Real Estate Rights Transactions: Lease Cancellations, Real Estate Options, Easements, and Covenants
The transfer or modification of real estate rights, which may include modification of leases or the granting of real estate options or easements and covenants, may be a taxable event.
Payments by a tenant to a landlord to cancel or modify a lease are considered rental income to the landlord. Payments received by a tenant for the cancellation of a business lease that was held longer than 1 year is treated as a §1231 transaction, which is subject to complex capital gains/loss rules. If a landlord pays the tenant to cancel or modify a lease for a personal residence or apartment, then the payment is a capital asset, which is a capital gain; however, losses are not deductible.
Real Estate Options
A real estate option gives the holder the right, but not the obligation, to purchase real estate at a stipulated price within a certain time. If an option for real estate is sold, then its tax treatment depends on the underlying property. Profits on the sale of options are generally considered capital gains and are, thus, subject to the capital gains rules, but if the sale of the underlying real estate would be considered ordinary income, then the gain or loss on an option on that real estate would also be considered ordinary income or loss. However, losses can only be deducted on business or investment property — losses on personal property are not deductible.
If the underlying asset is considered §1231 property, which is business or investment property that has been held longer than 1 year, then the gain or loss must be netted with other §1231 transactions to determine the capital gain or ordinary loss.
If the option lapses, then the option grantor treats the option income as ordinary income, regardless of the characterization of the underlying property. If the option is exercised, then the tax basis of the property is adjusted to include the payment of the option premium:
Adjusted Basis of Property = Option Premium + Property Sale Price
An easement is a granting of some property rights to another party to use a parcel of land in a particular way, such as when a farmer sells an easement for electrical lines and towers on his property. If an easement is considered to affect the entire property, then the adjusted basis of the entire property is simply reduced by the amount of the payment for the easement. However, in most cases, the easement will be considered to have affected only part of the property, so only that part of the property's adjusted basis must be reduced by the payment and if the payment exceeds the basis of that parcel, then the excess is treated as capital gain.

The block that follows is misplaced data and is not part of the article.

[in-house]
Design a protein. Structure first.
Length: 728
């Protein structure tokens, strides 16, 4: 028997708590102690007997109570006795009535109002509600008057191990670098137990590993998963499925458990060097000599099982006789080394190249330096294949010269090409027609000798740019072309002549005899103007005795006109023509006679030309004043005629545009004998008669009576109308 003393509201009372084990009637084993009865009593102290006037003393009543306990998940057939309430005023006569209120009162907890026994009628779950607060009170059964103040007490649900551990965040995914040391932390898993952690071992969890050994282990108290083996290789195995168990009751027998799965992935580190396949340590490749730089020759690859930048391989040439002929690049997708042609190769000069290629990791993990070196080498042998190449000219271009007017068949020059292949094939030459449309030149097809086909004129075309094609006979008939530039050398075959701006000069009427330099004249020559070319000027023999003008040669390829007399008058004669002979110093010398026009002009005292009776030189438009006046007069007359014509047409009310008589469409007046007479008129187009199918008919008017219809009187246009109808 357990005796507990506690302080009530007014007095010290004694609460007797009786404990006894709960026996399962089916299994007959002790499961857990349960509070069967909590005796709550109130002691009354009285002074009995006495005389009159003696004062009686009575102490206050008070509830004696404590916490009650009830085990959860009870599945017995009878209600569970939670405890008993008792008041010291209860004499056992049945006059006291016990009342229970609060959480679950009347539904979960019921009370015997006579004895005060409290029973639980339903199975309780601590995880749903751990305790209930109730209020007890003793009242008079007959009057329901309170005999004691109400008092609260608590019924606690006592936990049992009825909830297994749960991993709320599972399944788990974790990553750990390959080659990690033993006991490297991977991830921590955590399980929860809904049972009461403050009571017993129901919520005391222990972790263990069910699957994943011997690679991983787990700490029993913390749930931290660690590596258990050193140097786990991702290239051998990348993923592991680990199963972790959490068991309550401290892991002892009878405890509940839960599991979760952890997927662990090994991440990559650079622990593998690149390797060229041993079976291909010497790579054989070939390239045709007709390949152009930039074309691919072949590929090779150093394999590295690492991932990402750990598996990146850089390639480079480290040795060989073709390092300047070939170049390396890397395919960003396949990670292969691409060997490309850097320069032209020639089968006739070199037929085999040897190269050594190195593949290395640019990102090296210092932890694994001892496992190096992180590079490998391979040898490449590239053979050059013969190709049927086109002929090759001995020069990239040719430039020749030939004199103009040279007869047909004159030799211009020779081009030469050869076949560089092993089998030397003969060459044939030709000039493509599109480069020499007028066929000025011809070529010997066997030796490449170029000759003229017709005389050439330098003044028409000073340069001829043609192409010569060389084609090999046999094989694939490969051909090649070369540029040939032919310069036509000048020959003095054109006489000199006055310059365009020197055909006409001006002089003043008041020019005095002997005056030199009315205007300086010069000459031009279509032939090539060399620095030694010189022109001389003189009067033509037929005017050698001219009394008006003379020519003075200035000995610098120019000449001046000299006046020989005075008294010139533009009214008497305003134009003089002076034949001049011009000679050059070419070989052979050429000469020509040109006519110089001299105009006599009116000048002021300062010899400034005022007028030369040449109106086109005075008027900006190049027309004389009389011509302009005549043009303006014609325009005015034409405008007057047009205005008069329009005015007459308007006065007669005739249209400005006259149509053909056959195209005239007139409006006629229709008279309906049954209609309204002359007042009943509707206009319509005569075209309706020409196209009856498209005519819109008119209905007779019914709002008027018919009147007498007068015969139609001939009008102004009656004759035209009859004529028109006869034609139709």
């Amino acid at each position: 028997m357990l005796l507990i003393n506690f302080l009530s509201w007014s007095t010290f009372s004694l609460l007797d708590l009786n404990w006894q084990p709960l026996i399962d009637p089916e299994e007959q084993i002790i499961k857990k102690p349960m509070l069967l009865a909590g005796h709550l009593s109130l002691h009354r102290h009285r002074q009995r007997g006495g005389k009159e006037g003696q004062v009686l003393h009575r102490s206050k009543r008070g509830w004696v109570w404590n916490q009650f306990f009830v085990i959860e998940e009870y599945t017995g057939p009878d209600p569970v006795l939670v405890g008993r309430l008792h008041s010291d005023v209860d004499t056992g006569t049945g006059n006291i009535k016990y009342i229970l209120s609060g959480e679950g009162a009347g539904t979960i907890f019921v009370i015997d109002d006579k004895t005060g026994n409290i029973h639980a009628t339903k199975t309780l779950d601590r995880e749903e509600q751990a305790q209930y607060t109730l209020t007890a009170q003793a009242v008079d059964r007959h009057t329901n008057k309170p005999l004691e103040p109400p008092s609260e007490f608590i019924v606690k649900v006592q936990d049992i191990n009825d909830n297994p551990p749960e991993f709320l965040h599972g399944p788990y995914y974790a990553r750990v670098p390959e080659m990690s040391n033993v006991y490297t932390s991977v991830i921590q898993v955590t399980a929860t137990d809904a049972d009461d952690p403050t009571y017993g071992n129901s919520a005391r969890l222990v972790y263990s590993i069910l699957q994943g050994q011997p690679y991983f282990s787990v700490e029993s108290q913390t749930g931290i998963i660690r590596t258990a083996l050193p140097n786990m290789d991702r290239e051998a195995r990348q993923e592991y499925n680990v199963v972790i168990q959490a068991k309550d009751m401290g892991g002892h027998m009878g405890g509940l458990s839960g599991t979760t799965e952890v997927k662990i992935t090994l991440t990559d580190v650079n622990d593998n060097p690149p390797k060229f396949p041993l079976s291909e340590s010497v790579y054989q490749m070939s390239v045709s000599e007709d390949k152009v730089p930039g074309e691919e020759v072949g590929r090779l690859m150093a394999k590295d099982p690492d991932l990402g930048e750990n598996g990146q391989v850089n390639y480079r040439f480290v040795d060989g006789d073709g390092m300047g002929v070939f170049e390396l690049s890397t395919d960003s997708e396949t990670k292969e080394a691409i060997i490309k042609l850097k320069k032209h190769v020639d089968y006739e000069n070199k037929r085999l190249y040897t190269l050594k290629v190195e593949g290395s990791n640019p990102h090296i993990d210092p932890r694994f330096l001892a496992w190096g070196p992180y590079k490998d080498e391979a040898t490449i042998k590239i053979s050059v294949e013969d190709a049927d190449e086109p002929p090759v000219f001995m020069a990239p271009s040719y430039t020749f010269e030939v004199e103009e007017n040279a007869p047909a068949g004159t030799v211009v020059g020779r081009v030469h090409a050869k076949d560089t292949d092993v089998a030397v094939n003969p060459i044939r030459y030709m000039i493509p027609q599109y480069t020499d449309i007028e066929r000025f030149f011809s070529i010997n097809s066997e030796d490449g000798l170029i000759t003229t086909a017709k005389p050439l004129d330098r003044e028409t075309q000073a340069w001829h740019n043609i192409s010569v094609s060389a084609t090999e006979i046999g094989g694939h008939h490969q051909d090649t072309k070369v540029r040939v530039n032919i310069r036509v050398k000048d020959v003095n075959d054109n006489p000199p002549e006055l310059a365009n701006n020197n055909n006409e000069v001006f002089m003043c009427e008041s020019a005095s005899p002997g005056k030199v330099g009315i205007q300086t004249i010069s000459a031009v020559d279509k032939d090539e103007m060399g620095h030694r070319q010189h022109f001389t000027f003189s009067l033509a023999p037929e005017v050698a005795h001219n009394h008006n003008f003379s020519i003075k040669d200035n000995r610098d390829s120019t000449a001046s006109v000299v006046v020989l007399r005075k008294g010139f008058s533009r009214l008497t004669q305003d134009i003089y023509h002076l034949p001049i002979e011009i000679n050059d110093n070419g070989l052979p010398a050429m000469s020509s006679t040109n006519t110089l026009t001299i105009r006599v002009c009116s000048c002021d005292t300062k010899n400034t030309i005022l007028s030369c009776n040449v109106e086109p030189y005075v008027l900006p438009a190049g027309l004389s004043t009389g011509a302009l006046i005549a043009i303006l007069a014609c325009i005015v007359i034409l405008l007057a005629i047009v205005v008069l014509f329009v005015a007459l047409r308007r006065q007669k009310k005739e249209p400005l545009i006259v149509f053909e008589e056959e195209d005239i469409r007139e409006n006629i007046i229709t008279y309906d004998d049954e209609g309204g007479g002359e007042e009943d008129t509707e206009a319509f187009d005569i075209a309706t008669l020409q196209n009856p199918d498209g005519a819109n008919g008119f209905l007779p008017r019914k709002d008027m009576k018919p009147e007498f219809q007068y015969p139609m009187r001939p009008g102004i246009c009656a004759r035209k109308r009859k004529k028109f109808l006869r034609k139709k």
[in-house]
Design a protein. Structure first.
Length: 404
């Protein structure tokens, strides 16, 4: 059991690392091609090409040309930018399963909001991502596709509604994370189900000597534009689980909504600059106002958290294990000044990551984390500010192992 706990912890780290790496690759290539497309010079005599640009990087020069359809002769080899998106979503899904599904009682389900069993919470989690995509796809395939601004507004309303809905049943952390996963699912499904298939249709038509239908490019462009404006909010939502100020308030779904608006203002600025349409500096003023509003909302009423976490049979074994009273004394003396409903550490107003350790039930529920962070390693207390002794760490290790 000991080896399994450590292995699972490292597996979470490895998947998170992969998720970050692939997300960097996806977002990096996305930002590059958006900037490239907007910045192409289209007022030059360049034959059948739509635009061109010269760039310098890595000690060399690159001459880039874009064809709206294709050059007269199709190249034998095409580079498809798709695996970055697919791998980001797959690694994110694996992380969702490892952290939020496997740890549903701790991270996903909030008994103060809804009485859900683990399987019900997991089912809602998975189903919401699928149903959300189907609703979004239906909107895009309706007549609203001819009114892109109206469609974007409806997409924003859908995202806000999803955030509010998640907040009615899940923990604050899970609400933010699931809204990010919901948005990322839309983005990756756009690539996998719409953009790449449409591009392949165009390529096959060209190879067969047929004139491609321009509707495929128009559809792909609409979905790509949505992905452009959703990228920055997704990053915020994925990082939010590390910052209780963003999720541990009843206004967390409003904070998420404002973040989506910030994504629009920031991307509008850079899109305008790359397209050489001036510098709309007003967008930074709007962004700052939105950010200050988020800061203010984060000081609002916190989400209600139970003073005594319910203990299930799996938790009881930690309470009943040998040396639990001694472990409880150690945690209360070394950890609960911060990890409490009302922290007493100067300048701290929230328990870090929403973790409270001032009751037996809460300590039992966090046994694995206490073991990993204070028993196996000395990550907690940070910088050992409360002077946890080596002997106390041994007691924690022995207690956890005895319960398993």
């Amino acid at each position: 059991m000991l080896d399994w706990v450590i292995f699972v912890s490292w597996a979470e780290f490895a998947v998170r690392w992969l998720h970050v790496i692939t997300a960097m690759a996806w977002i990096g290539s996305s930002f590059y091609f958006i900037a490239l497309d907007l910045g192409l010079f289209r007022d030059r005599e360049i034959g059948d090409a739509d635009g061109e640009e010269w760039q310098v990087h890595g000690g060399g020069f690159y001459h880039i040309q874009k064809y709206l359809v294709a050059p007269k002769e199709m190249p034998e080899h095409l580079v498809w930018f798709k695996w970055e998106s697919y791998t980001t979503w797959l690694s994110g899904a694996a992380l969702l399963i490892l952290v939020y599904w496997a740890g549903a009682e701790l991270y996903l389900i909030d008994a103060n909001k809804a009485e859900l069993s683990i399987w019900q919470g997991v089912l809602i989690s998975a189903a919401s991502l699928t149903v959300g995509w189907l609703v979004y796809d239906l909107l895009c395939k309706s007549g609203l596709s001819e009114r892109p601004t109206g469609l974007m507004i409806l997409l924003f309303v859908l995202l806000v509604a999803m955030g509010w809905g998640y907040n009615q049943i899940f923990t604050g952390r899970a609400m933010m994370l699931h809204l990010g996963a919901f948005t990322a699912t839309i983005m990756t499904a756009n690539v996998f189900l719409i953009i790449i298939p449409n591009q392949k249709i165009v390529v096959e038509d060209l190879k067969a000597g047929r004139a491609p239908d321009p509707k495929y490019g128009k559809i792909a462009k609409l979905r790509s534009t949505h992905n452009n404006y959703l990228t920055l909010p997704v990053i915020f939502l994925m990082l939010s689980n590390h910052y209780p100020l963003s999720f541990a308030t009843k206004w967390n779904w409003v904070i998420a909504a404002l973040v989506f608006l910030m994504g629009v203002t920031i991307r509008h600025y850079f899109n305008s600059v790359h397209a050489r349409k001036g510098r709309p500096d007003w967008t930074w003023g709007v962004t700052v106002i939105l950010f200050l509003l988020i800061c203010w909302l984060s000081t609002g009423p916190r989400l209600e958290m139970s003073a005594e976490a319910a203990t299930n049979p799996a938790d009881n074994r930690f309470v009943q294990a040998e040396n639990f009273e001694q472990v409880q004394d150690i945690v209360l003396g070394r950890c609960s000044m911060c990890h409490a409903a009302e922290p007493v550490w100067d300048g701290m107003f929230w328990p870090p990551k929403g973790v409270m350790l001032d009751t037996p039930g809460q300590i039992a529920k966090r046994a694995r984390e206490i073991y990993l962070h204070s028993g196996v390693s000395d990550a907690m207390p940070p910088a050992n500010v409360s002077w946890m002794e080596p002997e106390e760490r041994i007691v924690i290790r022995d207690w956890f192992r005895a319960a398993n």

Example: Taxation of Easements
If a farmer has 100 acres of land with an adjusted basis of $10,000 and he receives $8000 for an easement that covers 20 acres, then taxable income will be recognized as:
- Adjusted Basis per Acre = $10,000 / 100 = $100
$8,000 for Easement – Tax Basis for the Affected Parcel of Land = $8,000 – (20 × $100) = $8,000 – $2,000 = $6,000 Capital Gain
A real estate covenant is a written agreement between 2 or more parties where the successors to the real estate agree to use or not to use the real estate in a particular way. The covenant is usually written into deeds, mortgages, leases, and contracts for deeds. Covenants are restrictive, such as requiring that the real estate be used for a specific purpose, such as for residential dwellings; or to enforce architectural or design standards, to limit the density of any future development, or to prohibit certain practices, such as selling alcoholic beverages on the premises. Because restrictive covenants generally decrease the value of the real estate, income is earned by releasing a restrictive covenant and is treated as a capital gain if the property was held as an investment.
- A contribution to a government for a scenic easement in perpetuity is considered a charitable contribution rather than a sale.
- If the easement is appropriated by condemnation, then tax can be deferred by investing in replacement property.
- The payment for the release of a restrictive covenant is considered a capital gain to the recipient if the property was held for investment.